A will is, perhaps, one of the most important estate planning tools you can ever create. By creating a will, you are making clear how you would wish for your assets to be distributed when you pass on. You can also use your will to name legal guardians for your young children.
However, for a will be to valid, certain statutory requirements must be met during its creation. For instance, pretty much every state requires you to be an adult of sound mind to create a will. Additionally, your will must be duly witnessed according to the state’s laws.
So why is will witnessing important?
Having someone to witness your will creation is important should questions be raised over the validity of the document during the probate process. For instance, if one of your heirs questions certain provisions in the will, the witnesses may be called to testify in court that they were present while you were creating your will, and that you followed the law while creating and signing the document. Basically, witnesses add a layer of validity to your will. If your witnesses can attest that your intent was clear and your mental state sound when creating the will, then it can be difficult for anyone to contest the legality of your will.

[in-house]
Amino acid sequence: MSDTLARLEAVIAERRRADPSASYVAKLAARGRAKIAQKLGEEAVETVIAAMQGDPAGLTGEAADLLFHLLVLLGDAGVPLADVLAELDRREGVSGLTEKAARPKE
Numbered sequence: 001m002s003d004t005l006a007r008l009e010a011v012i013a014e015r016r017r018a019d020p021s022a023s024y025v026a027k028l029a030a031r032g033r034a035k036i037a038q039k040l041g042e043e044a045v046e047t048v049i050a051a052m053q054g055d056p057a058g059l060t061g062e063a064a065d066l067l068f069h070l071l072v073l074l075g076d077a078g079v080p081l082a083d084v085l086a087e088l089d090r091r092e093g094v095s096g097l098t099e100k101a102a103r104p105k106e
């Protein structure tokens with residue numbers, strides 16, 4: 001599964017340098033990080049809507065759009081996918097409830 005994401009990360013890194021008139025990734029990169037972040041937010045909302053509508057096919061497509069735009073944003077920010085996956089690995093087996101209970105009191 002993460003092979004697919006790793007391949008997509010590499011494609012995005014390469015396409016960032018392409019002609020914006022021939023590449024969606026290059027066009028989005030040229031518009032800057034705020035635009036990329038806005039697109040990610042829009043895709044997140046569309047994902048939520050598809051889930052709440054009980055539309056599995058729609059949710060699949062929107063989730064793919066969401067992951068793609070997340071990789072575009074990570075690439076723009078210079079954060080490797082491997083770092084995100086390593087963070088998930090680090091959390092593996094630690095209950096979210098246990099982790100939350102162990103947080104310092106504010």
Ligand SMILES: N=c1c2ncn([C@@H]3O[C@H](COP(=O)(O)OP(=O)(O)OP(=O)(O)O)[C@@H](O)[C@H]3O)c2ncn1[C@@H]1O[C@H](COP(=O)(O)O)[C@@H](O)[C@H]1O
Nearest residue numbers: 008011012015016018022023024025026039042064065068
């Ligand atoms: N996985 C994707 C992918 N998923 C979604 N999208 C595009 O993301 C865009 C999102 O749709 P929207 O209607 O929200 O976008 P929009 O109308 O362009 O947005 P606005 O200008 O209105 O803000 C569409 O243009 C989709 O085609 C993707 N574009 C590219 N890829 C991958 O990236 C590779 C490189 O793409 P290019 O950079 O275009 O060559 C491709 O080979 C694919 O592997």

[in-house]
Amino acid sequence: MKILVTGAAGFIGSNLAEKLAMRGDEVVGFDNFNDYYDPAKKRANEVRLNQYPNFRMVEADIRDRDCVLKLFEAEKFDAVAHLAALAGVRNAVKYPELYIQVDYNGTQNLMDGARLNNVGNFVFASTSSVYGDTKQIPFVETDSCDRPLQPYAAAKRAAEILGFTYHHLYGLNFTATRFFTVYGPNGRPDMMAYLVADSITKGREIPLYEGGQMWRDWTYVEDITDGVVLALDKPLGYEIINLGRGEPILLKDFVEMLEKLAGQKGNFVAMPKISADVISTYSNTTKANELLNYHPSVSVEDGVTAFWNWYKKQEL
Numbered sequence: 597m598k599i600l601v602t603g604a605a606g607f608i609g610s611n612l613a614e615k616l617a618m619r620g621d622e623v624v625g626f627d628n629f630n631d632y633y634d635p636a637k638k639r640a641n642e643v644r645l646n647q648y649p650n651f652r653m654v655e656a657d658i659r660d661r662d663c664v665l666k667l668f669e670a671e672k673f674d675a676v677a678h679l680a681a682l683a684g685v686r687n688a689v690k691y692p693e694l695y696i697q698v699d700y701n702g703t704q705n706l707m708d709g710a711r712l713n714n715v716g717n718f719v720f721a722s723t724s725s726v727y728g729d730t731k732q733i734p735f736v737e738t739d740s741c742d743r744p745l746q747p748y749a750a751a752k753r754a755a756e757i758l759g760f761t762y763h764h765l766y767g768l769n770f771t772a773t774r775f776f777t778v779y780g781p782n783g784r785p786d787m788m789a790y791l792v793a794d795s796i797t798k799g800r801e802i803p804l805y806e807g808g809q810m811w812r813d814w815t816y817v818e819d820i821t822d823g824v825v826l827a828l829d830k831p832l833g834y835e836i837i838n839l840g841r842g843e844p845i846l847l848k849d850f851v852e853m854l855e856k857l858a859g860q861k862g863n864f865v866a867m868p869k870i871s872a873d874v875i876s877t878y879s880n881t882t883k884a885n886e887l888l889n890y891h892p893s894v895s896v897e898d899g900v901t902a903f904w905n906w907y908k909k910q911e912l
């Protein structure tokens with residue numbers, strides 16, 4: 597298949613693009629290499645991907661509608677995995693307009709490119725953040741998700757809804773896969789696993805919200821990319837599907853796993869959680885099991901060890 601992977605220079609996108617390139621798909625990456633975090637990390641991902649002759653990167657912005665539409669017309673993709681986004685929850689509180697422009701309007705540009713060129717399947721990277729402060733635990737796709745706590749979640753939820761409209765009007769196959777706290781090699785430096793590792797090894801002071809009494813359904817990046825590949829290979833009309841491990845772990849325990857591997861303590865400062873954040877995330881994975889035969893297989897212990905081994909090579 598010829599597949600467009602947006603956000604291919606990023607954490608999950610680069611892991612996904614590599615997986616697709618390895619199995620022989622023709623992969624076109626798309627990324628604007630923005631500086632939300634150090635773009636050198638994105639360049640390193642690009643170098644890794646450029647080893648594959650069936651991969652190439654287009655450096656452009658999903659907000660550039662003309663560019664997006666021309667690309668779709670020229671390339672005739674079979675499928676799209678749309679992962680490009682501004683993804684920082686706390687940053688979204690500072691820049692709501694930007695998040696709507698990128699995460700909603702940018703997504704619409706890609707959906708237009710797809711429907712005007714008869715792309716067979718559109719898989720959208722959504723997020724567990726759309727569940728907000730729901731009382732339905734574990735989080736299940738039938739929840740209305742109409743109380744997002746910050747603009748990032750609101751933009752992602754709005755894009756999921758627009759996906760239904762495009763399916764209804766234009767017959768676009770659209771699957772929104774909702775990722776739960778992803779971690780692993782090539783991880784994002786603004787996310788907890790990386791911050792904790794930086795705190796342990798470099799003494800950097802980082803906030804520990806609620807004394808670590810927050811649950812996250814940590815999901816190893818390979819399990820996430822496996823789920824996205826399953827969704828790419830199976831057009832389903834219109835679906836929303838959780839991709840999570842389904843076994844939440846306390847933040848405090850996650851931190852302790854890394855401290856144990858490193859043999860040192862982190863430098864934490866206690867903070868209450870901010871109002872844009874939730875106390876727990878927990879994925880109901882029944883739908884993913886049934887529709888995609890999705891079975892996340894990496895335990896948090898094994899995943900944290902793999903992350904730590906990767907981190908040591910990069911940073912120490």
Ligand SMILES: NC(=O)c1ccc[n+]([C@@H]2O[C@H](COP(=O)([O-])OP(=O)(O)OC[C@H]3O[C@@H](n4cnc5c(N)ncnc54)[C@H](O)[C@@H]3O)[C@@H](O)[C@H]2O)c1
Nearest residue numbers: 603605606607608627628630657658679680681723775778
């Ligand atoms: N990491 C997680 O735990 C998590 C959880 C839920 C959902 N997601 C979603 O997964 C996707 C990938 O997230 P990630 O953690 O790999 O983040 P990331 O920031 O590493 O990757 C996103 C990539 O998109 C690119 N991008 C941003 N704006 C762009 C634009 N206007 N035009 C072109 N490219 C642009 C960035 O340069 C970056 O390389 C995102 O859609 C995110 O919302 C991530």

Who can witness a will in Mississippi?
A will cannot be witnessed by anyone. First, the witnesses must be legal adults (at least 18 years of age). They should be of sound mind. Additionally, the witnesses to your will should be disinterested parties. Meaning, they must not be related to you either by blood or through marriage. And they must not stand to benefit from your estate in any way. As long as individuals meet these requirements, you can choose them to witness your will.
The following people can witness your will:
- Legal representatives
A will is a legal estate planning document that speaks for you when you are no longer around. Find out how you can create a valid will for your estate planning purpose.